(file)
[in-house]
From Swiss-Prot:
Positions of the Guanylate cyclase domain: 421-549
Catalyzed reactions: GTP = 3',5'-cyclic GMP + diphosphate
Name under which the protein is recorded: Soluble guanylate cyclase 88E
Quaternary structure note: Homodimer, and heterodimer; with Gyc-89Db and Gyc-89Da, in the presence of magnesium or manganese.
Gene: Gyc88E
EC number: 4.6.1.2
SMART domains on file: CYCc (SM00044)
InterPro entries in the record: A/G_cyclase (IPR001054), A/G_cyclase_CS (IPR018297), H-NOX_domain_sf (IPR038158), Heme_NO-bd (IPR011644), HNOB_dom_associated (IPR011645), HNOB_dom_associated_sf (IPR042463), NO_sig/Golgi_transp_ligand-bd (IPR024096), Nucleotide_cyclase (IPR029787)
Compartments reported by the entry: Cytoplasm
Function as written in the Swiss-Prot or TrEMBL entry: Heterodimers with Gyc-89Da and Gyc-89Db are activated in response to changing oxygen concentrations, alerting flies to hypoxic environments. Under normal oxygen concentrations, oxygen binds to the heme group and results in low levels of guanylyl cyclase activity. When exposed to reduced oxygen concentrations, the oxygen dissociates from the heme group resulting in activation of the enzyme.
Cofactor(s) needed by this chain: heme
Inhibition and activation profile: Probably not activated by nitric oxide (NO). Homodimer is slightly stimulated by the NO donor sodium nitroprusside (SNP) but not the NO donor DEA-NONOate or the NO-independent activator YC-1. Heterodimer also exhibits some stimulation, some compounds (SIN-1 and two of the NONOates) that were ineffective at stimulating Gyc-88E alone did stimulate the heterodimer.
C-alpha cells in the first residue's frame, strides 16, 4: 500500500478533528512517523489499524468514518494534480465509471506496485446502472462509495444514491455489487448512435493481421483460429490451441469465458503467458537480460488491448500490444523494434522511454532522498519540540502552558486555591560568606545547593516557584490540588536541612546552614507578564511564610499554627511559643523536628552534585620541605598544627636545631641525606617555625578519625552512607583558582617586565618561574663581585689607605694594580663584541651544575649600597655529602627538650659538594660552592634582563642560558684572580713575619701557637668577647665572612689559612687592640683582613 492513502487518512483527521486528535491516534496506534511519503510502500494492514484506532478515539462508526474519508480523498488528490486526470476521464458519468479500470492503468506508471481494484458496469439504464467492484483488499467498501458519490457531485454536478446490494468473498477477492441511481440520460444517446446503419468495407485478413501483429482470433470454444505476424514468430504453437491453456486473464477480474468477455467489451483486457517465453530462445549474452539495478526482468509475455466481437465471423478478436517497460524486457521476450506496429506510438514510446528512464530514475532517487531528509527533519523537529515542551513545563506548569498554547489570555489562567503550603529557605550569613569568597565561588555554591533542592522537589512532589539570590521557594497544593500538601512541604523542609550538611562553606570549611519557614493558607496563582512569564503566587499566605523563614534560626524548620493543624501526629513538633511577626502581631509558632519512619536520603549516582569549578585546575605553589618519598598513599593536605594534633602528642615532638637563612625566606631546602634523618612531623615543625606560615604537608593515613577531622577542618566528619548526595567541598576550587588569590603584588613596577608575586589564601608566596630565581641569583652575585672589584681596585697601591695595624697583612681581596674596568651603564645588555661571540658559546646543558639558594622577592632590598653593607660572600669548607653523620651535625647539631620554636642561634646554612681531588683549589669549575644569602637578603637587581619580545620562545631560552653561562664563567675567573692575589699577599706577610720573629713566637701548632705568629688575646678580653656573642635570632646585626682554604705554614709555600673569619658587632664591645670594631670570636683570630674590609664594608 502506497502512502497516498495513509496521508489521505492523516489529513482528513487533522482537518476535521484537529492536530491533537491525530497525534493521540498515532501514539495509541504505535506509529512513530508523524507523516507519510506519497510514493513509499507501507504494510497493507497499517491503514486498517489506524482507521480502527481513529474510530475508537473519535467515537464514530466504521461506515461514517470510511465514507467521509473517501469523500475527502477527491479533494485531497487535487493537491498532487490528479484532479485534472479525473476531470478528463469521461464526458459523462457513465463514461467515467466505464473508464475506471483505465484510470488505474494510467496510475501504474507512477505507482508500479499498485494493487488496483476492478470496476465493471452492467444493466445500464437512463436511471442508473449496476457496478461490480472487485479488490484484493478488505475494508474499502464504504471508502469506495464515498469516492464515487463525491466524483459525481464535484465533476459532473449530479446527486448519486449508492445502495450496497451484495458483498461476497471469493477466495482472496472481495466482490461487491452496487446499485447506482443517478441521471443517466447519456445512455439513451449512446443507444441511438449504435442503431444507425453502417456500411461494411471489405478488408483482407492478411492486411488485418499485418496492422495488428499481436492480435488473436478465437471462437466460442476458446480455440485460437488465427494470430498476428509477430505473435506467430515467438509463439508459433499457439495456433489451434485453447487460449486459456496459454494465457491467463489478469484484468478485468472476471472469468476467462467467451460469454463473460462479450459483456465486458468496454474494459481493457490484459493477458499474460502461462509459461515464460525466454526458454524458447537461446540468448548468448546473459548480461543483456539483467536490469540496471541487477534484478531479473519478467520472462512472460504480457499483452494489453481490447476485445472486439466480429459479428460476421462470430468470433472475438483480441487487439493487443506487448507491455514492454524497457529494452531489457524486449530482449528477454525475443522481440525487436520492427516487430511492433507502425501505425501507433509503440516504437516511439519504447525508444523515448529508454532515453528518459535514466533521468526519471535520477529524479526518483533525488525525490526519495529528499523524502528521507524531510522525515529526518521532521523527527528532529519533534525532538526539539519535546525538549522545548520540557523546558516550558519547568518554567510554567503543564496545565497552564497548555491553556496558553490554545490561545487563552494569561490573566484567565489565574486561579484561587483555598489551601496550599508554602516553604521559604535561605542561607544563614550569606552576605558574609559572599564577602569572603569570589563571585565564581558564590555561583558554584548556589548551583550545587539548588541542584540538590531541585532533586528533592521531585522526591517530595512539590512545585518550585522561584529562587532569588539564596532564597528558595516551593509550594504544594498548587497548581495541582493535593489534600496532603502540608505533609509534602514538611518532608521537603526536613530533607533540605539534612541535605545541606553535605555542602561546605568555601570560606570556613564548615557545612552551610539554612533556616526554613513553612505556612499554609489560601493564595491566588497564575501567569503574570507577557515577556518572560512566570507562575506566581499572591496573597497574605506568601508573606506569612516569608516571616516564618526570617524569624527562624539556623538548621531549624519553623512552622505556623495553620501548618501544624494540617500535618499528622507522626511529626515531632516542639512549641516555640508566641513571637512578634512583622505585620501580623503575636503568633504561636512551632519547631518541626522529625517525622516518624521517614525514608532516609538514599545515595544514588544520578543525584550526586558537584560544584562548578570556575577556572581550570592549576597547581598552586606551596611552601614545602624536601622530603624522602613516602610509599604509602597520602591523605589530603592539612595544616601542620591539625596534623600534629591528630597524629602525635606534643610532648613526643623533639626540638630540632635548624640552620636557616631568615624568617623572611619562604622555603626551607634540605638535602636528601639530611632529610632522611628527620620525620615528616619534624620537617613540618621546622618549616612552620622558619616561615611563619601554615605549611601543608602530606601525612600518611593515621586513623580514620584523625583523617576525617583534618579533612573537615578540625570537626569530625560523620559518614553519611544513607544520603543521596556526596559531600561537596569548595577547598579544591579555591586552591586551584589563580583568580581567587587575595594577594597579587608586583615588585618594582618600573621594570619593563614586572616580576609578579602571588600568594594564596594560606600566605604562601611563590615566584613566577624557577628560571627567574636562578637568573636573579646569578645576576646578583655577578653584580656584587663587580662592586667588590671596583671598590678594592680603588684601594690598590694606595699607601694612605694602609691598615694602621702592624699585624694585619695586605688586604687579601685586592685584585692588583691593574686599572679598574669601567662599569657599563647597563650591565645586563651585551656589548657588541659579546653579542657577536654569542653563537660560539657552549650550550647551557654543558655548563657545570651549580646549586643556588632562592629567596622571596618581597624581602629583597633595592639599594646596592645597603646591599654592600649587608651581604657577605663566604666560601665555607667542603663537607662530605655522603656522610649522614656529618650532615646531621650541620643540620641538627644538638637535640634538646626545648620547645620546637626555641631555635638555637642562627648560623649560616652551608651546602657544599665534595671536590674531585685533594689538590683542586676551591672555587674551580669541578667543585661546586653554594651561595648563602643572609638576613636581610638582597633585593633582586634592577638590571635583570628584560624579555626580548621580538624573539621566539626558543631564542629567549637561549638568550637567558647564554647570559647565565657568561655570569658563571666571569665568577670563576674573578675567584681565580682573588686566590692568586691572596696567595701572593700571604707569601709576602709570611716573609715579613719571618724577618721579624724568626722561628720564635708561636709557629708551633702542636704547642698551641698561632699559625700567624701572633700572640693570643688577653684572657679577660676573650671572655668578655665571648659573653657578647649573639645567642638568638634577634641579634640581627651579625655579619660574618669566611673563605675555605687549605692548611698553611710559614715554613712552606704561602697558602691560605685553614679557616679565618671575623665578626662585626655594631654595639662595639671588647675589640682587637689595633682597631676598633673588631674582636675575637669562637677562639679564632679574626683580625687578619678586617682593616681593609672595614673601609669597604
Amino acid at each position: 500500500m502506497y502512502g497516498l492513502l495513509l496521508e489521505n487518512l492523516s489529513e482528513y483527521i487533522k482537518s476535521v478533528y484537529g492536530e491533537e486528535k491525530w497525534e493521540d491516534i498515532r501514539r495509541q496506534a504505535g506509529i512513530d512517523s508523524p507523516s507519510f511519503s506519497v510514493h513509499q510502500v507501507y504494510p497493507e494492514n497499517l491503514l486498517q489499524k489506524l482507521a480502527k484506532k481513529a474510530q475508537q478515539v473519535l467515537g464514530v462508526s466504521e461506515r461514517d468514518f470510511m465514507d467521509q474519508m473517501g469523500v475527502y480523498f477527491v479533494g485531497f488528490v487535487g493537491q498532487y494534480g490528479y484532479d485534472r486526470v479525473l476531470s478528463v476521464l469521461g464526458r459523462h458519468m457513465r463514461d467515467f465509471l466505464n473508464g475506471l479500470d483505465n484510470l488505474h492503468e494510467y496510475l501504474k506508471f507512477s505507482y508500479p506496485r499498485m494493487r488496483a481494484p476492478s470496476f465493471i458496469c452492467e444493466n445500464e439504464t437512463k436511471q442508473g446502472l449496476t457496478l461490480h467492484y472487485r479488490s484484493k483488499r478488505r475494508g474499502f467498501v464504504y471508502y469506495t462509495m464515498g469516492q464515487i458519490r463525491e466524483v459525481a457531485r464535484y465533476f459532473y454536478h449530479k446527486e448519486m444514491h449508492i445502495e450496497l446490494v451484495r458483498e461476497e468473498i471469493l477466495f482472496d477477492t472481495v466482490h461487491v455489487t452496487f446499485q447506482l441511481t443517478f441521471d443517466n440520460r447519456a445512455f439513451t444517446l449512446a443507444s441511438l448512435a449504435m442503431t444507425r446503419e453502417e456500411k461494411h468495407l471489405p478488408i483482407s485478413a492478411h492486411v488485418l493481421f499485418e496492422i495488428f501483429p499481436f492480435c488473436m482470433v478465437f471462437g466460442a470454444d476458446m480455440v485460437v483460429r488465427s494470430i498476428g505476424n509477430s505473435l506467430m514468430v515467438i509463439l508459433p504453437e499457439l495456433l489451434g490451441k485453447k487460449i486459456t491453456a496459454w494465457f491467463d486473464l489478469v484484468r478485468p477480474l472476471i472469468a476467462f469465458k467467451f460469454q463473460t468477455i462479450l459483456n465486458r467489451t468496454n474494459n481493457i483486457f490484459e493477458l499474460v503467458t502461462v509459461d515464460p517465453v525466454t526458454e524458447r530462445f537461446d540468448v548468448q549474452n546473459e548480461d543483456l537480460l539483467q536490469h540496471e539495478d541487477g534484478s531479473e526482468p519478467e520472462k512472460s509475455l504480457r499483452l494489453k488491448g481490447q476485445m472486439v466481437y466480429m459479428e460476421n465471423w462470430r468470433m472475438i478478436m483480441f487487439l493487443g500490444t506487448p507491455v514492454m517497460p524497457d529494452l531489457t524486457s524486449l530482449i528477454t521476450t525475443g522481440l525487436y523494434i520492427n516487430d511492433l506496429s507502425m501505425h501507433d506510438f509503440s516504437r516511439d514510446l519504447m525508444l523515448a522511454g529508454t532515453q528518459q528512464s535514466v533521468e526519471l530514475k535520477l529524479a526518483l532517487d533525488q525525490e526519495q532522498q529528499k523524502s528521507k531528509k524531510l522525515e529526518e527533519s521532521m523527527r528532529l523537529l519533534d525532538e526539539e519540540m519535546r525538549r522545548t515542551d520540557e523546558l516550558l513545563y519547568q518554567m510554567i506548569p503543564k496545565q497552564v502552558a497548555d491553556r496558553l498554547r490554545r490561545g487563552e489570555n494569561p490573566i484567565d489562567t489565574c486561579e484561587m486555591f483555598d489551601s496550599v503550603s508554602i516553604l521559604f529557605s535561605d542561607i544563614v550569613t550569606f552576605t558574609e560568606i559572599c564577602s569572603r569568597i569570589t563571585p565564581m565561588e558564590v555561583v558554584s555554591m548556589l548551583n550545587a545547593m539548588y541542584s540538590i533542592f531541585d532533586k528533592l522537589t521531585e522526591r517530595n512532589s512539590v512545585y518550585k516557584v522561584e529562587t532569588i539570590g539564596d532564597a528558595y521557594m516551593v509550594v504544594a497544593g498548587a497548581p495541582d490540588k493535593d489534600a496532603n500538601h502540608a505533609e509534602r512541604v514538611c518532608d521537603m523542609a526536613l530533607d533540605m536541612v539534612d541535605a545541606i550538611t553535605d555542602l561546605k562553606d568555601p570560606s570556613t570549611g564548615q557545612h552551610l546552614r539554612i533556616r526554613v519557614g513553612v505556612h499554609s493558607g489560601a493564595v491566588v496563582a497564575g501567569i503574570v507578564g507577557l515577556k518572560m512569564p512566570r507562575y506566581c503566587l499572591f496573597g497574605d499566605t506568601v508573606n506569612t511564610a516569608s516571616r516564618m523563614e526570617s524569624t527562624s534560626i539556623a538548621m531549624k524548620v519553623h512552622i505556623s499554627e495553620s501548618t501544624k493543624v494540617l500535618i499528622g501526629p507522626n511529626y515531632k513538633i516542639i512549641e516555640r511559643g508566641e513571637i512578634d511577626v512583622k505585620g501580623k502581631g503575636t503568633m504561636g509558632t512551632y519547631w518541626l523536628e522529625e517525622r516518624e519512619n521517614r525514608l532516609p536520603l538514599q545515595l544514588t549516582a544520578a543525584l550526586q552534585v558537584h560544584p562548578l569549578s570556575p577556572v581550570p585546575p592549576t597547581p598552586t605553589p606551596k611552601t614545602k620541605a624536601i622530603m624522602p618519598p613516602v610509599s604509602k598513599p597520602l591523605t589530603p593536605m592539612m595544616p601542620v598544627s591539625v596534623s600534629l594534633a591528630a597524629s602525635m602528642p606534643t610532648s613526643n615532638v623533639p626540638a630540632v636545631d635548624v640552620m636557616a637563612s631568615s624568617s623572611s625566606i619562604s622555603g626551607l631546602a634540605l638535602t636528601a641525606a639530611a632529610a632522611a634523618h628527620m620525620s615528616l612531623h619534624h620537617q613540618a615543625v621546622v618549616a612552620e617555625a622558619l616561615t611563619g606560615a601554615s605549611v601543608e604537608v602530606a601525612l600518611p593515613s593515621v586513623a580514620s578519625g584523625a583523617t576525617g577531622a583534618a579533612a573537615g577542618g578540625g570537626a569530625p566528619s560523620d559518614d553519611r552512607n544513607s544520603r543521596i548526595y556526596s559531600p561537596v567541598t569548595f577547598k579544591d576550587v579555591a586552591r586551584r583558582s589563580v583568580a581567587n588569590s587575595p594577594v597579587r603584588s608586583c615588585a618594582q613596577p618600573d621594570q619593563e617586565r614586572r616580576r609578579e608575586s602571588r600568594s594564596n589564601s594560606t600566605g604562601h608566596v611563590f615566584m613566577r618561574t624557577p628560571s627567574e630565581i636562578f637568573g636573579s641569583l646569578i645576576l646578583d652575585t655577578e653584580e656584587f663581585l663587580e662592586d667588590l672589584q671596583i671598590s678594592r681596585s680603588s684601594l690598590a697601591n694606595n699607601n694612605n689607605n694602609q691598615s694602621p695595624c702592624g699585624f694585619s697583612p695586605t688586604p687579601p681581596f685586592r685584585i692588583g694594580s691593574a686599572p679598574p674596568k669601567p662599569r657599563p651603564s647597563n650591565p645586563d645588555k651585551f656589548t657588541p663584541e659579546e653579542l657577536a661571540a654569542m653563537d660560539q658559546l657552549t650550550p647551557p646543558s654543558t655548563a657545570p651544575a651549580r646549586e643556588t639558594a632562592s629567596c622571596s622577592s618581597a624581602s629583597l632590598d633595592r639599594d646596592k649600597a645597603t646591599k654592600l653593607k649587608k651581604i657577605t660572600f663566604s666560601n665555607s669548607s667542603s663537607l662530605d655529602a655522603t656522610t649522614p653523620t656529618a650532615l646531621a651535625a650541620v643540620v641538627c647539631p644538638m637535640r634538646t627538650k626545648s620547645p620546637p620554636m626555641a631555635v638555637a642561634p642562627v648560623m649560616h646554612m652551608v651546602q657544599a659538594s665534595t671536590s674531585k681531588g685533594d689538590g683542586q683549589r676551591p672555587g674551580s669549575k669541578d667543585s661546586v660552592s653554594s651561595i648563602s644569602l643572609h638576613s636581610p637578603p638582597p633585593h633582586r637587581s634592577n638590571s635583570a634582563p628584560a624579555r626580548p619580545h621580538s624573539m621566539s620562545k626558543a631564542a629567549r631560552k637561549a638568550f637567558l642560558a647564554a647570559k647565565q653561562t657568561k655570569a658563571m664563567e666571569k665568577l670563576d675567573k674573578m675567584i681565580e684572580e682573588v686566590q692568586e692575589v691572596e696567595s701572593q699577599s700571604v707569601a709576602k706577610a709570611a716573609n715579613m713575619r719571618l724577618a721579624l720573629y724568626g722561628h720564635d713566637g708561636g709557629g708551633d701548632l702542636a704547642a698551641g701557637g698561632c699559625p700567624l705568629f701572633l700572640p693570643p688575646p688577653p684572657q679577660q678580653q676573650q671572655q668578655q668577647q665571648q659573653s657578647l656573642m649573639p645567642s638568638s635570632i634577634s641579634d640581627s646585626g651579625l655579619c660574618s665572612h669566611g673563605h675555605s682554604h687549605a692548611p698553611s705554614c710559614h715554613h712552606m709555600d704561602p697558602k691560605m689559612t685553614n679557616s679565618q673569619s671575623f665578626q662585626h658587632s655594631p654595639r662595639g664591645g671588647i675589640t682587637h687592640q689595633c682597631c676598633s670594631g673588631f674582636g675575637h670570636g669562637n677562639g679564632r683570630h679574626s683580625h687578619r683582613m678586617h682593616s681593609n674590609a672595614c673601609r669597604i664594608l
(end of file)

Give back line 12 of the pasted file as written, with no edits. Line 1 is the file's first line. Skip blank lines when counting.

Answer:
Function as written in the Swiss-Prot or TrEMBL entry: Heterodimers with Gyc-89Da and Gyc-89Db are activated in response to changing oxygen concentrations, alerting flies to hypoxic environments. Under normal oxygen concentrations, oxygen binds to the heme group and results in low levels of guanylyl cyclase activity. When exposed to reduced oxygen concentrations, the oxygen dissociates from the heme group resulting in activation of the enzyme.